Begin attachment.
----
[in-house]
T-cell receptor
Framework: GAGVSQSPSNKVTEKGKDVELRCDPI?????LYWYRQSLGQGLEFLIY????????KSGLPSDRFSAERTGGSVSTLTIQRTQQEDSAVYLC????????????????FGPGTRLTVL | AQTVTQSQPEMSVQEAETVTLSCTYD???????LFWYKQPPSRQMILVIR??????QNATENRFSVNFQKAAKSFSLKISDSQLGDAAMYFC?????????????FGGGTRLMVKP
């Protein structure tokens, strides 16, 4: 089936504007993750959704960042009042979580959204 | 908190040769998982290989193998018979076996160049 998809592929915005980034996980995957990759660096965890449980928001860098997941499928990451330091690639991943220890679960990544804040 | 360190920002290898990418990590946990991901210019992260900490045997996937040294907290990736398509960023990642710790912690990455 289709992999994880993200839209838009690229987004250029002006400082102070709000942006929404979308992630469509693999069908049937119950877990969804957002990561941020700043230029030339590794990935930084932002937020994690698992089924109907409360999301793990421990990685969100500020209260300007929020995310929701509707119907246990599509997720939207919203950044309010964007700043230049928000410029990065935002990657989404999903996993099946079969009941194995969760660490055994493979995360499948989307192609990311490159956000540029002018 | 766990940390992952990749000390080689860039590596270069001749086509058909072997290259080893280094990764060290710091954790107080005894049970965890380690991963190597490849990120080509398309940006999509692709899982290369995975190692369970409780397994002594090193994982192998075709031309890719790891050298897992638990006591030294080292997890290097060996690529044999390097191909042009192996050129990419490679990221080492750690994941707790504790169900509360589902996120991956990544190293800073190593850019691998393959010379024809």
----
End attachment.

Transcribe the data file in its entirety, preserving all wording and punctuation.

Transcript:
[in-house]
T-cell receptor
Framework: GAGVSQSPSNKVTEKGKDVELRCDPI?????LYWYRQSLGQGLEFLIY????????KSGLPSDRFSAERTGGSVSTLTIQRTQQEDSAVYLC????????????????FGPGTRLTVL | AQTVTQSQPEMSVQEAETVTLSCTYD???????LFWYKQPPSRQMILVIR??????QNATENRFSVNFQKAAKSFSLKISDSQLGDAAMYFC?????????????FGGGTRLMVKP
């Protein structure tokens, strides 16, 4: 089936504007993750959704960042009042979580959204 | 908190040769998982290989193998018979076996160049 998809592929915005980034996980995957990759660096965890449980928001860098997941499928990451330091690639991943220890679960990544804040 | 360190920002290898990418990590946990991901210019992260900490045997996937040294907290990736398509960023990642710790912690990455 289709992999994880993200839209838009690229987004250029002006400082102070709000942006929404979308992630469509693999069908049937119950877990969804957002990561941020700043230029030339590794990935930084932002937020994690698992089924109907409360999301793990421990990685969100500020209260300007929020995310929701509707119907246990599509997720939207919203950044309010964007700043230049928000410029990065935002990657989404999903996993099946079969009941194995969760660490055994493979995360499948989307192609990311490159956000540029002018 | 766990940390992952990749000390080689860039590596270069001749086509058909072997290259080893280094990764060290710091954790107080005894049970965890380690991963190597490849990120080509398309940006999509692709899982290369995975190692369970409780397994002594090193994982192998075709031309890719790891050298897992638990006591030294080292997890290097060996690529044999390097191909042009192996050129990419490679990221080492750690994941707790504790169900509360589902996120991956990544190293800073190593850019691998393959010379024809």